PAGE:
Denver Bar Association
May 2011
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Book Review: Mystery Surrounding ‘Justice’ Highlights Question on Citizenship

by Kerry Hammond

"Justice" by Jay Lille
264 pages. Published by Ivy House Publishing Group. Available in paperback for $15.

ost Americans know that the Constitution requires the president of the United States to be a citizen. What many may not know, however, is that this all important document is silent on whether the same rule applies to a Supreme Court justice. As a country, our laws follow the guidelines set out in the Constitution, but is it possible that we confuse the way things have always been with the way things must be?

Jay Lillie takes this perception of a citizenship requirement and weaves a fictional story out of a what-if. What if a Supreme Court justice was nominated by our president, confirmed by the Senate and sworn into the Court—and only after this process was completed evidence was discovered that put that person’s U.S. citizenship into question?  

"Justice" creates a scenario that is very plausible and challenges the reader with a dilemma that may or may not have a correct answer. Lillie offers his own take on how the powers that be might deal with this type of situation and the effects it may have on our government.

The story opens with an unidentified body found in an alley in Chicago. The labels have been removed from the clothing the victim was wearing and no identification can be found. The Chicago police officer in charge of the investigation eventually determines that the victim was an American reporter for a foreign press, but is told by his employer that he was not reporting on a story that could possibly require his presence in Chicago. At the same time, in Washington, D.C., a Supreme Court justice has retired and the president is in the process of nominating a replacement. A team of advisers, along with the FBI, screen the president’s candidate and approve her nomination. The nominee then is confirmed by the Senate and is sworn in.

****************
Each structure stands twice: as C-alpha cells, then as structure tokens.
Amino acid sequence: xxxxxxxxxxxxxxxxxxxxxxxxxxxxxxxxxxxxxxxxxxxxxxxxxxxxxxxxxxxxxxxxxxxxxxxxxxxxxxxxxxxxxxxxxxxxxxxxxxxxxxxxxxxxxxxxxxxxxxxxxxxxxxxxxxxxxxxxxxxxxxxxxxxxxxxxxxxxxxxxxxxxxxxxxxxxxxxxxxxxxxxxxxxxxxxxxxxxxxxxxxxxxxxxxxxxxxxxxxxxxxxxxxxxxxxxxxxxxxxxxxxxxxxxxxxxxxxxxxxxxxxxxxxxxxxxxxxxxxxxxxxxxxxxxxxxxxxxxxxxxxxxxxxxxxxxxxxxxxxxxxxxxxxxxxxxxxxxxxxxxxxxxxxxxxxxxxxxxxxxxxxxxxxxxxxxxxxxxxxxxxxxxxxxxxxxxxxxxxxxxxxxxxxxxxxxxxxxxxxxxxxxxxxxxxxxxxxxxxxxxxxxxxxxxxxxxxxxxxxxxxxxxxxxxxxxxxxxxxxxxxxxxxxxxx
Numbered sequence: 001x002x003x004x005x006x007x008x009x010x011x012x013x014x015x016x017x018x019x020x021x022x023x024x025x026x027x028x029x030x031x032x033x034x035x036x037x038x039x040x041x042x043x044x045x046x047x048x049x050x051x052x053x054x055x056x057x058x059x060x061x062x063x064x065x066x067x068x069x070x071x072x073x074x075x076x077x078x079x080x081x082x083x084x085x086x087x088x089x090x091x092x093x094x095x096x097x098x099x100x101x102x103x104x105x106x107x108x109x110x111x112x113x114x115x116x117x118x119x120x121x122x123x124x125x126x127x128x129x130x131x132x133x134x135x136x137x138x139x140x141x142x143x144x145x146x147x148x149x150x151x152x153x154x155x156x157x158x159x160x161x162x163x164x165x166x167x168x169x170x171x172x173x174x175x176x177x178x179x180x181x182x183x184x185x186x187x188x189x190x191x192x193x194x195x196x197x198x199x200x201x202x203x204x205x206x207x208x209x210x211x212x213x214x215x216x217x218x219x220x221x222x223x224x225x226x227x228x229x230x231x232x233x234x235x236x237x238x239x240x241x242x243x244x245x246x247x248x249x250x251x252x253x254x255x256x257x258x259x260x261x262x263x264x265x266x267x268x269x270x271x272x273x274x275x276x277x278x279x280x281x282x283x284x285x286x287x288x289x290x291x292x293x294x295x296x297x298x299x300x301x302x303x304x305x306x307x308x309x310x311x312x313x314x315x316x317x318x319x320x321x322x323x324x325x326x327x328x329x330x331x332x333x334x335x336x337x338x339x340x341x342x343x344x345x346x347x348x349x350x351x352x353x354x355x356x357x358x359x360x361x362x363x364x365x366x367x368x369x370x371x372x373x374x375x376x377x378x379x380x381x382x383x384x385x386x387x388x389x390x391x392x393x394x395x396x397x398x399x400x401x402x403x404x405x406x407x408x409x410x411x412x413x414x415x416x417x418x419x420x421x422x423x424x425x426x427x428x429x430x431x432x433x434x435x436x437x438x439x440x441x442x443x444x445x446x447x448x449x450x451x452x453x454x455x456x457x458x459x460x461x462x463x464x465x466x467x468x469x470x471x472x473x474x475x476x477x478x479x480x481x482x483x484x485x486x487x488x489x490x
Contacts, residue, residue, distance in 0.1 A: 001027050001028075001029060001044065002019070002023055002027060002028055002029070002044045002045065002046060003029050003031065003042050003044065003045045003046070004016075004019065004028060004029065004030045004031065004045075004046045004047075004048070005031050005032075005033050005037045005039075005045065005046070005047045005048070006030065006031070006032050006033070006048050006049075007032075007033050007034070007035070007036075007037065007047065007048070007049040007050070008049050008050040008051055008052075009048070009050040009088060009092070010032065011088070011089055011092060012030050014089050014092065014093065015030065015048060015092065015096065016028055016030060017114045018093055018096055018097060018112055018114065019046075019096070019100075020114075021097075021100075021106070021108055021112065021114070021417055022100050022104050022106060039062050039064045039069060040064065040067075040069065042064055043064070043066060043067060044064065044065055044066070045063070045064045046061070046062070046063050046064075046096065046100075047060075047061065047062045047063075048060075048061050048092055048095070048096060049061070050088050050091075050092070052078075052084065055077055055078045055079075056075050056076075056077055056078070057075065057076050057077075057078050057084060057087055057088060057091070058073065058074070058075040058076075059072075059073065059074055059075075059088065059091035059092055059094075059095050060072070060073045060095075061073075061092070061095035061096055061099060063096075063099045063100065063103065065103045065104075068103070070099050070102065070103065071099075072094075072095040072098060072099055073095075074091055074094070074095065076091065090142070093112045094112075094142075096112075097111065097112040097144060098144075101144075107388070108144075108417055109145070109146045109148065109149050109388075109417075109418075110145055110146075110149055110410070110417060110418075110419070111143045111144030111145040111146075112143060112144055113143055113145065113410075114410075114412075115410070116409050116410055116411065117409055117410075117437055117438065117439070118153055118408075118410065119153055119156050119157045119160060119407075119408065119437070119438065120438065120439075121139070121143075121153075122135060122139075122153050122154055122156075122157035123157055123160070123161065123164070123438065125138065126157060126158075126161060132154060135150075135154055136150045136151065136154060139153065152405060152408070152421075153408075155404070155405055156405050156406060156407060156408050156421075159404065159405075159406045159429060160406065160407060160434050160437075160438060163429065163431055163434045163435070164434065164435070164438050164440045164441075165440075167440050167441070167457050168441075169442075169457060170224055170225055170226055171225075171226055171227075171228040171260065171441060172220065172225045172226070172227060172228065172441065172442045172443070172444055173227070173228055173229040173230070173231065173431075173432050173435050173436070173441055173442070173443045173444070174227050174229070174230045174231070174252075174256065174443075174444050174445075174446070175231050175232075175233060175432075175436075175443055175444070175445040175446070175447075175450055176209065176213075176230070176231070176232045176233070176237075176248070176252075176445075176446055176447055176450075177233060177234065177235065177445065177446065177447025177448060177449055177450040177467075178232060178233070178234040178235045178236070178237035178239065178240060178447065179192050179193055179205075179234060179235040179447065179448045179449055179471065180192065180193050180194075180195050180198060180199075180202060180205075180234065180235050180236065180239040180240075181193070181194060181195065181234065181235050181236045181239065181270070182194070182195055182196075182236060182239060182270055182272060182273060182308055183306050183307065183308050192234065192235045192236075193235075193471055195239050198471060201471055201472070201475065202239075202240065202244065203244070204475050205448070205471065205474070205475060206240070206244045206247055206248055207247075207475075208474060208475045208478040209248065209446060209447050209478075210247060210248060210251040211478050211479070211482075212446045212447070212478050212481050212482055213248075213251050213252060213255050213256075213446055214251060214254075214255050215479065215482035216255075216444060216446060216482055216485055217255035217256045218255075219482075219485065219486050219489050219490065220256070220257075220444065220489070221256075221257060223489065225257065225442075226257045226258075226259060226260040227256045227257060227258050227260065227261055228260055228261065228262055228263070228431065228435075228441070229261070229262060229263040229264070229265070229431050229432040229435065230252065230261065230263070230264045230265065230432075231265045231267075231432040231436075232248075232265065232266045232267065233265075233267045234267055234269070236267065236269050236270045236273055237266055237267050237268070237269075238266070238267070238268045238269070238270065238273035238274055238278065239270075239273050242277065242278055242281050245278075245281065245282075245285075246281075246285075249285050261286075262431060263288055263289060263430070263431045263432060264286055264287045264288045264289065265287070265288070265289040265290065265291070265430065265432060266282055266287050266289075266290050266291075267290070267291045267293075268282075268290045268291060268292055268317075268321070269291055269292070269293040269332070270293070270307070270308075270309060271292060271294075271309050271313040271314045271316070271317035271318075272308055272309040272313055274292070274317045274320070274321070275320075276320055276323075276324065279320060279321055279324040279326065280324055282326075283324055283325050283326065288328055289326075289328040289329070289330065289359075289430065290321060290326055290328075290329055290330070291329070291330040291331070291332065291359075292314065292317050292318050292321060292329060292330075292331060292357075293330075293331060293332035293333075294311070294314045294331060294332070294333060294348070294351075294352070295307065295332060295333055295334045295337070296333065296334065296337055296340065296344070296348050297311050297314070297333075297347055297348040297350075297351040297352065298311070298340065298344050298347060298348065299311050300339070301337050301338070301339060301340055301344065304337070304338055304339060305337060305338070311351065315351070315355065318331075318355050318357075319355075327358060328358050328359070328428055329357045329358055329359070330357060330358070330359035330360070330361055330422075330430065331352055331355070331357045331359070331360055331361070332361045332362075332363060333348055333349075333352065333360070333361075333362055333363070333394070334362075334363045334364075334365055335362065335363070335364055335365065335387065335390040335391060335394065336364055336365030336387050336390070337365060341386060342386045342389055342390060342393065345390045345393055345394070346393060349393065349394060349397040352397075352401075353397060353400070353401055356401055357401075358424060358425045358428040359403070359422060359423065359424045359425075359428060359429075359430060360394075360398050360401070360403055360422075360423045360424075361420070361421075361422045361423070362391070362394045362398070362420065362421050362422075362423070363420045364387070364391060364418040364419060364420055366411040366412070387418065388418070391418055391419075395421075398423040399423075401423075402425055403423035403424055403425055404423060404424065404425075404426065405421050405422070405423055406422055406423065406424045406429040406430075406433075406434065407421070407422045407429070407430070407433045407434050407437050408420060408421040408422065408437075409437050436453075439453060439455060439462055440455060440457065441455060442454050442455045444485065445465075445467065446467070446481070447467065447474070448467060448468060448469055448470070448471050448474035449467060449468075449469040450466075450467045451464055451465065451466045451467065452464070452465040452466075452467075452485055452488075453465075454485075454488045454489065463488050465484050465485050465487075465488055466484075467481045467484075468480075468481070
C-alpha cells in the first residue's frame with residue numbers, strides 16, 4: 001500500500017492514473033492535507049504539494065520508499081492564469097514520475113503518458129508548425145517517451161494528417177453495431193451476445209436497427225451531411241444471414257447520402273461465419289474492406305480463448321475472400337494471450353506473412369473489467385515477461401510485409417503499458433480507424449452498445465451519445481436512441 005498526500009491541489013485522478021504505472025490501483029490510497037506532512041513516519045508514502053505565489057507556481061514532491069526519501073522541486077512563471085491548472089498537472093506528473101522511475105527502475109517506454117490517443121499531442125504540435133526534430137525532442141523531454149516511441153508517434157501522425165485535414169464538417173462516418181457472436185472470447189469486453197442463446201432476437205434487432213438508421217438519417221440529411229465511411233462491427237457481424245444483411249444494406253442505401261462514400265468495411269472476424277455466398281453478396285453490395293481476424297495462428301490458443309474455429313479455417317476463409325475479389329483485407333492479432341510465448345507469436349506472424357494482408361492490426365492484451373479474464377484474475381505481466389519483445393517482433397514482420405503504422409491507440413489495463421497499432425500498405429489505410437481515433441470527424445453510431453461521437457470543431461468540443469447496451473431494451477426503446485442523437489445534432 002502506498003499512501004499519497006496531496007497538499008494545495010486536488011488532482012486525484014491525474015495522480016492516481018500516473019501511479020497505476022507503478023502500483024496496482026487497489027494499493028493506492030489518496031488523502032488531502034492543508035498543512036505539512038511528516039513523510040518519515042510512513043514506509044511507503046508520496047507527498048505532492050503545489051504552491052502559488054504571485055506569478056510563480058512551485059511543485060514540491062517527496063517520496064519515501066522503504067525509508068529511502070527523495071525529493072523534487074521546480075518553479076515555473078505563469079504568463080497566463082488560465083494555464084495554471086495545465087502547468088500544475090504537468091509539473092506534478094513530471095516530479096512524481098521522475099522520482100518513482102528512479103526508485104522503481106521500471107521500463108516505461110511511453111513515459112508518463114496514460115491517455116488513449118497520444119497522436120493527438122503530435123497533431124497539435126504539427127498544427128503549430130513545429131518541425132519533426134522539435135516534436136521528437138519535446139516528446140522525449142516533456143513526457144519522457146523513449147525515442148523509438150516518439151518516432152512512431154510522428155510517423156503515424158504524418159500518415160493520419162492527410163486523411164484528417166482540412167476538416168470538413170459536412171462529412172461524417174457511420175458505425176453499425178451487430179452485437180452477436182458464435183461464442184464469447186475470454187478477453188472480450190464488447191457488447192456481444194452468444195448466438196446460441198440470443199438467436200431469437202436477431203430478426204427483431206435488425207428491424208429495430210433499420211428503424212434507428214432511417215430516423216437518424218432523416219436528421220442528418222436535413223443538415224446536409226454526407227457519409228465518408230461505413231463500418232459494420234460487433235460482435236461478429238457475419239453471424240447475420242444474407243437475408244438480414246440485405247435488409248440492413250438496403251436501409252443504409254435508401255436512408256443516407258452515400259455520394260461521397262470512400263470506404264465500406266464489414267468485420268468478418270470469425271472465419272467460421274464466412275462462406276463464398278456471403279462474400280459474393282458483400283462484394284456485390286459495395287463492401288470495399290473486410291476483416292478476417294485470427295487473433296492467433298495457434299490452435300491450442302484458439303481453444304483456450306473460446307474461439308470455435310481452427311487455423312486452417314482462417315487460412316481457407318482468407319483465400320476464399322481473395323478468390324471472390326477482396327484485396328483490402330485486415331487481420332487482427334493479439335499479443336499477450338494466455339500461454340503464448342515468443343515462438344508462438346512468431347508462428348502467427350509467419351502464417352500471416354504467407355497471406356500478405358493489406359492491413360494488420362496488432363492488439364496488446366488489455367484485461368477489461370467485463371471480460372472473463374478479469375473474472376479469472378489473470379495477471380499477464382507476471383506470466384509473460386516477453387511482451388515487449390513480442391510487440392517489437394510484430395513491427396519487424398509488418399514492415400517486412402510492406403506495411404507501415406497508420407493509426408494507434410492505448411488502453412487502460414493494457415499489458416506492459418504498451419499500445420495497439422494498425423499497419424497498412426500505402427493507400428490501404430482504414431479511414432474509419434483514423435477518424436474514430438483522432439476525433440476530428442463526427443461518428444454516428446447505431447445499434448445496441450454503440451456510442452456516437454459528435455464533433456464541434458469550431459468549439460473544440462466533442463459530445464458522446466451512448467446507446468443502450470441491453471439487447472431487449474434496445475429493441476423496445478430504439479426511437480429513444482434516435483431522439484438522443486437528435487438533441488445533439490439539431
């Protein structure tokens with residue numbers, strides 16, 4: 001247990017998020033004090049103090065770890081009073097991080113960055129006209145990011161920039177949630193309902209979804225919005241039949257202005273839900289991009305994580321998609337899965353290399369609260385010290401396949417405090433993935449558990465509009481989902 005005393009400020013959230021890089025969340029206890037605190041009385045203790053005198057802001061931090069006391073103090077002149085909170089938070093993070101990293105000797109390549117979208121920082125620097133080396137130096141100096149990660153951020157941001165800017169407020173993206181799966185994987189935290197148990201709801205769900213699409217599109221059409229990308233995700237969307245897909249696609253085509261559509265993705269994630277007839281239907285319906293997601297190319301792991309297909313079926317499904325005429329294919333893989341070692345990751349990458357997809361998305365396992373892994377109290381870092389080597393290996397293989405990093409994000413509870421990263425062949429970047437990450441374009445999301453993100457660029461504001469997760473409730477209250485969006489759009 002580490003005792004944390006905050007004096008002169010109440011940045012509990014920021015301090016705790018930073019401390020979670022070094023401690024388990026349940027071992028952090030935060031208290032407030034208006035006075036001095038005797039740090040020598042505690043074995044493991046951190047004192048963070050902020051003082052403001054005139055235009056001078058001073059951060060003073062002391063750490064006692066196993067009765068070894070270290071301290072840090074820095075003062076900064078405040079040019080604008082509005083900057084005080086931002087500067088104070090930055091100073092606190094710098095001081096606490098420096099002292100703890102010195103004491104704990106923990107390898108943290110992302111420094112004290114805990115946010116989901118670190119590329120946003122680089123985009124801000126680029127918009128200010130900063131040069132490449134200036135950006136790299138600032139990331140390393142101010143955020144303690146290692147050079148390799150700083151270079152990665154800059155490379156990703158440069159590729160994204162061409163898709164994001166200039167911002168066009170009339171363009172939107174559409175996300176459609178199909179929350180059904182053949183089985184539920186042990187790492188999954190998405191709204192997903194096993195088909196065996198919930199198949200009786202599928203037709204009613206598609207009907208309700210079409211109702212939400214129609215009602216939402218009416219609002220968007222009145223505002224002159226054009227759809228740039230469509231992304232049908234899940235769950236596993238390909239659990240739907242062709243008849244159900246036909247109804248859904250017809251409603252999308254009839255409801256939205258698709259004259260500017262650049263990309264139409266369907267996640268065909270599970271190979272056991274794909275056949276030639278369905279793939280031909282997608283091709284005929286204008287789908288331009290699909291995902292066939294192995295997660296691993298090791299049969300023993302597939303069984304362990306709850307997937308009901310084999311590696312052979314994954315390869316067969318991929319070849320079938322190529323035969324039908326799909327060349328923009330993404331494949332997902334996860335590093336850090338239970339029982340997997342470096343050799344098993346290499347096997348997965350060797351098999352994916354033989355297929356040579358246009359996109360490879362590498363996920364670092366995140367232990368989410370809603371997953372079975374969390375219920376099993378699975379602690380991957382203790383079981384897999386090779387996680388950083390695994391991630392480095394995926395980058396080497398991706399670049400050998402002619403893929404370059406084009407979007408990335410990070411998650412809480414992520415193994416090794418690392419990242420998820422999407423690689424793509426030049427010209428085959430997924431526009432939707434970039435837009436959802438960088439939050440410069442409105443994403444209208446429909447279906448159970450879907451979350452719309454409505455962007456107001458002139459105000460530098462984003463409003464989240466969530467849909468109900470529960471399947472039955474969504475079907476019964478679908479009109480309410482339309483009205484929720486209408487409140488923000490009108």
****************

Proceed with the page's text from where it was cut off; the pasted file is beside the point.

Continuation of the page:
As the murder investigation continues, the Chicago police begin to speculate that there is a connection between their murder victim and the newly appointed Supreme Court justice. The reporter seems to have been researching the justice’s background, including her childhood in New Orleans and her immigrant mother who came to the United States just before her birth—and now resides in a Chicago neighborhood.

"Justice" is a fun read, with a thought-provoking angle. Lillie makes the politics of a presidential appointment of a Supreme Court justice even more interesting with his fictional story and simplified take on the process, along with a behind-the-scenes look. Some of the dialogue is stiff and occasionally the characters seem to have too much access to information that one would expect to be confidential, but the storyline is very interesting and the plot keeps you reading. The author even throws in a surprise twist at the end so that when you close the book, you continue to think about it. D

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